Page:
In my dialogue and social justice education training, I was taught the practice of multipartiality (resources found here). “The purpose of multipartiality is to equalize the structural and social forms of oppression that are present in an intergroup dialogue and share social power equally between group members so that a new reality can be created…This means that Intergroup dialogue facilitators: (a) Affirm contributions from all group members while challenging some contributions more than others depending on how they uphold the dominant norms and narrative in society (b) Are partial to identities and perspectives not represented among the dialogue participants. ”
As we engage our students on campus or congregants in the pews, let’s stop seeking to be impartial or neutral. By seeking to remain neutral, we often reinforce the oppression happening outside our walls inside our Church body. The dominant narrative and dominant ideals are already quite prevalent. As facilitators and leaders, we have to create space for counter narratives and marginalized experiences.
I’m reminded of Jesus in John 8, when the pharisees bring in the woman who they caught in adultery to be stoned. Jesus’ response was to challenge the dominant narrative being presented of superiority, intolerance, condemnation and judgment and creates space for these pharisees to understand the counternarrative, which is that of this persecuted woman. He tells them, “Let any one of you who is without sin be the first to throw a stone at her.” He balanced the power structure in the situation.
He does the same thing with the woman who anoints him with the alabaster jar of perfume. Not only does Jesus challenge the pharisees preconceptions here, but also the disciples rebuke of her for wasting expensive perfume they say could have been sold to give money to the poor. Jesus challenges these dominant ideals and narratives and brings forth the woman’s story and calls what she has done a “beautiful thing”. He balances the power structure in the situation.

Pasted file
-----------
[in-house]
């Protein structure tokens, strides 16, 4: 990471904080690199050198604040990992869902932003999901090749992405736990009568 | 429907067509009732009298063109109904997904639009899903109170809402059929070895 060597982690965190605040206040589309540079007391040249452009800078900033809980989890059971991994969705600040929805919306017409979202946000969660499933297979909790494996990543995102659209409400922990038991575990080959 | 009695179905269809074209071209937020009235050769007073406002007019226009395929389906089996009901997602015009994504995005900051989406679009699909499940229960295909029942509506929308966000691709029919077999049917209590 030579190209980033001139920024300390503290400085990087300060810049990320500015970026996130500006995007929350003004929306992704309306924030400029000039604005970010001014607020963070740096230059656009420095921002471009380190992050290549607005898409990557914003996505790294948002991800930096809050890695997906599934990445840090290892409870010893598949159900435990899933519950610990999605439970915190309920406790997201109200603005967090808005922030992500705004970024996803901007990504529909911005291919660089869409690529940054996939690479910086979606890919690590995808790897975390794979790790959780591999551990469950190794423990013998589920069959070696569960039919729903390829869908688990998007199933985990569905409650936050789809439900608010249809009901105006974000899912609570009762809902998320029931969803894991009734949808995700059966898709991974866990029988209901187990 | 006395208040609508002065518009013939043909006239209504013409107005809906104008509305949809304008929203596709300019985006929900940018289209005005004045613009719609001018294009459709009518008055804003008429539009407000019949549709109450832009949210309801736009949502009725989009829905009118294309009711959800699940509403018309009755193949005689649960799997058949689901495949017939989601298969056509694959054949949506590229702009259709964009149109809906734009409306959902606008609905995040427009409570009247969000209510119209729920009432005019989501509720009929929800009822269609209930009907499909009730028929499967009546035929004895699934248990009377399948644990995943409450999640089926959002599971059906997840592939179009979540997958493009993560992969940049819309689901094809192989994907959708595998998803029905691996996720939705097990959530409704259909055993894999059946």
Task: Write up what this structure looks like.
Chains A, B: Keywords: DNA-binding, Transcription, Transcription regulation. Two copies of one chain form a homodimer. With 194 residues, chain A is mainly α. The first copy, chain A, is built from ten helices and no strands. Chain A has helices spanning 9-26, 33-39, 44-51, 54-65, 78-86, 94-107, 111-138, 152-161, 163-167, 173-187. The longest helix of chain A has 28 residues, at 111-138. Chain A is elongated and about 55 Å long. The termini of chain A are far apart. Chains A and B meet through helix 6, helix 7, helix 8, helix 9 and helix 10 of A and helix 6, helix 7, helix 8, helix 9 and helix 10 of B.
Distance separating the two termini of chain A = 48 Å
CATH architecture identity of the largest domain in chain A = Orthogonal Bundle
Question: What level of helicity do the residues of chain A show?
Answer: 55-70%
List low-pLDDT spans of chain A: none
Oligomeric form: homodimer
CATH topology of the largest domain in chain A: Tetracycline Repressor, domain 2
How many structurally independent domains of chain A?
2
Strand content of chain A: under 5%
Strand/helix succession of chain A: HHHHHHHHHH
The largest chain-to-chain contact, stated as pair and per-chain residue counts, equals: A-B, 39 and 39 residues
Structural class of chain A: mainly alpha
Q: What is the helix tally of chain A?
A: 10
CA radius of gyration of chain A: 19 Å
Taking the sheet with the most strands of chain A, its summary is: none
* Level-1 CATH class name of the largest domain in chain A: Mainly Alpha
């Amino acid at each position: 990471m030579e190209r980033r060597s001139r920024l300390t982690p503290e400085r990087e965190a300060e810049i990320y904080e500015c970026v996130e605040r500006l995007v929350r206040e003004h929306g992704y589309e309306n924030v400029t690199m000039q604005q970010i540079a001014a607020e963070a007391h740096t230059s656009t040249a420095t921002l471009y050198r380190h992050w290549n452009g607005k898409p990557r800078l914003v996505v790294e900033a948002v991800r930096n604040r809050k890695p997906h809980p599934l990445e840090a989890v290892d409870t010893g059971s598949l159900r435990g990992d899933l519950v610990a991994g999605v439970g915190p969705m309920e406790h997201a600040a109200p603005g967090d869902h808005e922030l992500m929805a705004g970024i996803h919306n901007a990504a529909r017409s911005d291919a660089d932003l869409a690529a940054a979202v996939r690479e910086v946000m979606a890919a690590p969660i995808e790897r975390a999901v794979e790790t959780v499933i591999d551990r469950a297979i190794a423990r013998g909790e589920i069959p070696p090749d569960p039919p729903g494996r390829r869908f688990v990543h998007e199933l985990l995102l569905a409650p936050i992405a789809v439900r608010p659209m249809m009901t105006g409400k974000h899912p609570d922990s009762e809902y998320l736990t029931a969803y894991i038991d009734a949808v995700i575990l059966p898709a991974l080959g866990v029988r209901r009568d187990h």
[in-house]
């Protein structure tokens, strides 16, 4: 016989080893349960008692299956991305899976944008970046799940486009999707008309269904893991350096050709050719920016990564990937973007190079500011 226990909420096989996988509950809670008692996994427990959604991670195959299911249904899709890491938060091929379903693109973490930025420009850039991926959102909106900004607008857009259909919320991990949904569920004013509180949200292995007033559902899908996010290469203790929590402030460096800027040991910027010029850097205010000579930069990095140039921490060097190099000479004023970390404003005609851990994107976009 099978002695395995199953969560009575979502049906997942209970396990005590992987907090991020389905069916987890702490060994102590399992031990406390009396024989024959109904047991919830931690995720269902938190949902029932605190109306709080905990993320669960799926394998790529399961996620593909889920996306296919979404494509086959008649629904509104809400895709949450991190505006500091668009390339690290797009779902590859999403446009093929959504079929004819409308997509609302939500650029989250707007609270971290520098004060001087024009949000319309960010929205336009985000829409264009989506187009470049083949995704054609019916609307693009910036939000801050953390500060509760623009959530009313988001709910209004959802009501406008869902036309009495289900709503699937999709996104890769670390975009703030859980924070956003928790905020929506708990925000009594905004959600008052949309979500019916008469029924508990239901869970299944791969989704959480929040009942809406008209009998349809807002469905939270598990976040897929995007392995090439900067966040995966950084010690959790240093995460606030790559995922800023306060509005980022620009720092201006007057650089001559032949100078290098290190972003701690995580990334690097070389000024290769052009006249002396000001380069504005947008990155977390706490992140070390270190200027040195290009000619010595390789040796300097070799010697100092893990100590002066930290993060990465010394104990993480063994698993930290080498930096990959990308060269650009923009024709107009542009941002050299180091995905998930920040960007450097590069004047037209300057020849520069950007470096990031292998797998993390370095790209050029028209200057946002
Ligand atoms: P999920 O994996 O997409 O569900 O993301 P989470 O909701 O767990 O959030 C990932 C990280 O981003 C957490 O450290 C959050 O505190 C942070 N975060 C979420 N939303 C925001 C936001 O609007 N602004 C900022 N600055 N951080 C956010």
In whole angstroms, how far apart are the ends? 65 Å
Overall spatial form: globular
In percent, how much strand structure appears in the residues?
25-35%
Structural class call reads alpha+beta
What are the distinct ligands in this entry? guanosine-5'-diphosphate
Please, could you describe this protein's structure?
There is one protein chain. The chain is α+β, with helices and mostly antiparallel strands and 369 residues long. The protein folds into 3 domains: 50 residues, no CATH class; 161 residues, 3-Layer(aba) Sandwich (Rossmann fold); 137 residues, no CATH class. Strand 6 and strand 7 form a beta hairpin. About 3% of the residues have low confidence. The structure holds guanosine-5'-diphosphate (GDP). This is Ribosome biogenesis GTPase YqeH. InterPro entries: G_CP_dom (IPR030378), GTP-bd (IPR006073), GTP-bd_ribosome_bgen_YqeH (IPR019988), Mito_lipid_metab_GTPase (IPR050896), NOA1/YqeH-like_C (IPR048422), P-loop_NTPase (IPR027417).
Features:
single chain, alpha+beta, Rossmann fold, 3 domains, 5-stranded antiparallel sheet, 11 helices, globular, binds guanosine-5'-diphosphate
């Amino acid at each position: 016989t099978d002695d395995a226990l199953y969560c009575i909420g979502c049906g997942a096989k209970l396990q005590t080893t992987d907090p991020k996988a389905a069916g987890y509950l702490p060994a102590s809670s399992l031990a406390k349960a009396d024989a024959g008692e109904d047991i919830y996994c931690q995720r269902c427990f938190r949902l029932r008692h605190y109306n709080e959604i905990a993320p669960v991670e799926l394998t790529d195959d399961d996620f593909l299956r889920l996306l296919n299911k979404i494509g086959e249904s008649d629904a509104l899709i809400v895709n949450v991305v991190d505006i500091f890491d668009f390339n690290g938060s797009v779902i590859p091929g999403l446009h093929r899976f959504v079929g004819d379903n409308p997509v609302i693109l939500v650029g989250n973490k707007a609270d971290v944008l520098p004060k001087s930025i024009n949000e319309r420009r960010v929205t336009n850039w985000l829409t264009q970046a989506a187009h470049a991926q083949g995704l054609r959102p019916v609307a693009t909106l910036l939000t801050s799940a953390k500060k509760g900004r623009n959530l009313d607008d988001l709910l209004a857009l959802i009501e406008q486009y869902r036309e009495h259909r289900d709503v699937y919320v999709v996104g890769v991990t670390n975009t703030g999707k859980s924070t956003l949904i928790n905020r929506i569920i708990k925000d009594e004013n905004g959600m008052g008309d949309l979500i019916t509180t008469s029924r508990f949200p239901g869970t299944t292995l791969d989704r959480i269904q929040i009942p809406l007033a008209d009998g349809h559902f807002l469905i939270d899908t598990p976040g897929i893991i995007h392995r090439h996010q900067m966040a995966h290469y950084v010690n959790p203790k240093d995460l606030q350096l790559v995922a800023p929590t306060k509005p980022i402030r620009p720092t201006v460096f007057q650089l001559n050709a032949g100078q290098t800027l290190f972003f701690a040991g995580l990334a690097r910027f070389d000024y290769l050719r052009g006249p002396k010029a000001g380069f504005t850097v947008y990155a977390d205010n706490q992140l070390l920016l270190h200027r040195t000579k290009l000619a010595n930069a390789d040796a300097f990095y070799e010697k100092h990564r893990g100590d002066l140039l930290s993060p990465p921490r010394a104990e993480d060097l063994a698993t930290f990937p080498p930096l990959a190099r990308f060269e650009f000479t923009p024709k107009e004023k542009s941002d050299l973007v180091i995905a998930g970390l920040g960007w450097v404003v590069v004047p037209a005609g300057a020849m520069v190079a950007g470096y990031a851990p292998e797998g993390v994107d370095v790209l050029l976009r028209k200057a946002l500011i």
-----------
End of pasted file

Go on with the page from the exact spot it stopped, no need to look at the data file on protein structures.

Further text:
This means, practically, as faith leaders, we must also be closer to the pain and WITH those on the margins. I say this as someone who needs to learn how to do this better. To consistently place myself in a position where I am WITH and not just talking ABOUT.
Centering on the marginalized experience isn’t taking a side. It is a necessary pathway to justice and, yes, reconciliation.
And here is the powerful thing, when we center on marginalized identities and bring them to the center, we honor those who are usually being oppressed AND those who are in power will experience the truth of Jesus through the eyes of those He holds so dear. It may be uncomfortable for those who fall more in line with the dominant narrative and power, but that is discipleship. It will benefit our white students greatly. It will benefit us heterosexual, gender-conforming folks greatly. It will benefit us highly educated middle & upper class folks greatly.
Jesus made it a point to create space for those on the margins and bring them to the center. Yet he also exalted the faith of the centurion, who had power. He never sought to take a side but he also never sought to be neutral or impartial. Why are we so concerned with being on both sides? We are on NEITHER SIDE! We are on the side of Lord, which is the side of Truth and justice. And there are tangible ways to put this into practice.